The World’s End
The third of the Simon Pegg/Nick Frost/Edgar Wright “Cornetto trilogy”, The World’s End might lack the immediate punch of Shaun of the Dead or Hot Fuzz – but it’s arguably the most poignant and heartfelt of the three comedies.
Pegg and Frost play old school friends who reunite as adults (along with three other pals) to attempt an almost-mythical pub crawl in their hometown – a feat they came tantalisingly close to pulling off as young whippersnappers. The first problem? Owing to a mysterious past event, Frost’s character is now teetotal. The other problem? Some kind of malevolent force has infiltrated the town, possessing people’s bodies and robbing them of their personalities in preparation for an apocalyptic event. Looks like the lads are going to have bigger issues than bladder control to contend with…
The Death of Stalin
Armando Iannucci brings his brand of manic political satire to one of modern history’s darkest chapters: a host of self-serving Soviet grandees – including Steve Buscemi, Michael Palin and Jason Isaacs – farcically jostle for power in the wake of Joseph Stalin’s unexpected demise. Heads, it’s clear, will roll.
While it doesn’t hit the same breezy notes of Iannucci’s debut movie In The Loop or his beloved TV series Veep and The Thick Of It (being set in a time and place where political opponents were usually exiled or executed, it’s much more bleak and cynical even than those) The Death of Stalin spotlights the absurdity of politics just as effectively. It’s also devilishly funny – as long as you like your comedy served pitch black.
From The Squid and the Whale to The Meyerowitz Stories (the latter of which you’ll also find recommended in this article), Noah Baumbach’s movies have a knack for laying bare the tragi-comic complexities of modern human relationships – and this Netflix original delivers more of the same by digging into the breakdown of a young couple’s (Adam Driver and Scarlett Johansson) marriage.
The pair attempt a “conscious uncoupling” for the sake of their young son, but stumble into something far more acrimonious along the way. The setup is there for a depressing tale of love gone sour, but Marriage Story instead blooms into something far more nuanced and bittersweet.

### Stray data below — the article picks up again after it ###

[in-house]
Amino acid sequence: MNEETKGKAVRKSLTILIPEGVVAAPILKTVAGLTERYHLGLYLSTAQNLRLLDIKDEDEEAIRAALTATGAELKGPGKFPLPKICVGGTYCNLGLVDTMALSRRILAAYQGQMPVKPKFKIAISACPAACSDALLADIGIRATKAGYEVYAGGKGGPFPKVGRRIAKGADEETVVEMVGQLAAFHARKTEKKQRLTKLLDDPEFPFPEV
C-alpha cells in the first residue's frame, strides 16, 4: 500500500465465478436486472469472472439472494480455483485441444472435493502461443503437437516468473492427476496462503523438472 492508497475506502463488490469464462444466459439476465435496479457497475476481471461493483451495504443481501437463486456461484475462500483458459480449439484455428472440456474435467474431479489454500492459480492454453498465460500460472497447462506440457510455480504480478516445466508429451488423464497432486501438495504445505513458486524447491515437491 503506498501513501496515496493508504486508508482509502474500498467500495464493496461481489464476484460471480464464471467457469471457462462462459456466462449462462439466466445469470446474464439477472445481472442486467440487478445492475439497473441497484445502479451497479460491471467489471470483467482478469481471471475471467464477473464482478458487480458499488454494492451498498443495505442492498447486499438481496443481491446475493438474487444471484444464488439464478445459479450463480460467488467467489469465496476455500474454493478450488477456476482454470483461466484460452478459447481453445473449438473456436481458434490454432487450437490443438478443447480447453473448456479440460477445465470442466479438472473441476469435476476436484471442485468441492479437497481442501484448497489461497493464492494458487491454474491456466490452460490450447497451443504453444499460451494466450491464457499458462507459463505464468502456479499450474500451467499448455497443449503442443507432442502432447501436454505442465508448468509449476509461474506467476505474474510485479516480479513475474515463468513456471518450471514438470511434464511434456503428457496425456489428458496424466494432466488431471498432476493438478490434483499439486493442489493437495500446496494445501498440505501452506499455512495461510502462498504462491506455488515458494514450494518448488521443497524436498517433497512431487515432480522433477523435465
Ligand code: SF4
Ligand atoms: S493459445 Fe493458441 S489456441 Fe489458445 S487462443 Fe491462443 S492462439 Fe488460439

DreamWorks’ beloved CGI series started almost 20 years ago with this wonderful fairy tale adventure about a curmudgeonly green ogre (voiced by Mike Myers) who falls in love with a beautiful princess. Sending up various fantasy and fairy tale tropes along the way, Shrek is a children’s movie that gives adults plenty to enjoy too. Packed with clever references and in-jokes, it’s spawned a long-running series – but do yourself a favour and start at the beginning.
Just as Adam Sandler looks set for a second career renaissance courtesy of the Safdie brothers’ Uncut Gems (the first being courtesy of Paul Thomas Anderson’s Punch-Drunk Love), let’s rewind right back to the point in his career before he’d sunk so low as to need one: 1996’s Happy Gilmore, in which Sandler’s ability to play “shouty but loveable man-child” felt genuinely fresh and amusing.
Sandler’s eponymous protagonist dreams of making it as an ice hockey pro, but instead finds himself an unlikely golfing prodigy, able to drive the ball further than anyone else on the tour but hopeless at the more technical aspects of the sport’s short game. When his grandmother’s house come under threat, he decides prize money is the solution – and must overcome not only his skill shortcomings but the stuffy golfing establishment.
The Big Short
How the hell do you explain collateralised debt obligation to the 99% of the population that doesn’t work on Wall Street? Stick Margot Robbie in a bathtub, of course. Adam McKay’s scathing retelling of the 2007-2008 financial crisis is jam-packed with these little explainers. Just in case Ryan Gosling’s acerbic narrator hasn’t boiled it down enough for you already.
Don’t let the seemingly dry subject matter turn you off – The Big Short takes a complex money minefield and turns it into a devilishly funny and genuinely exciting tale. You’ll tune in for the incredible cast, but stay to the end for the dissection of adjustable-rate mortgages.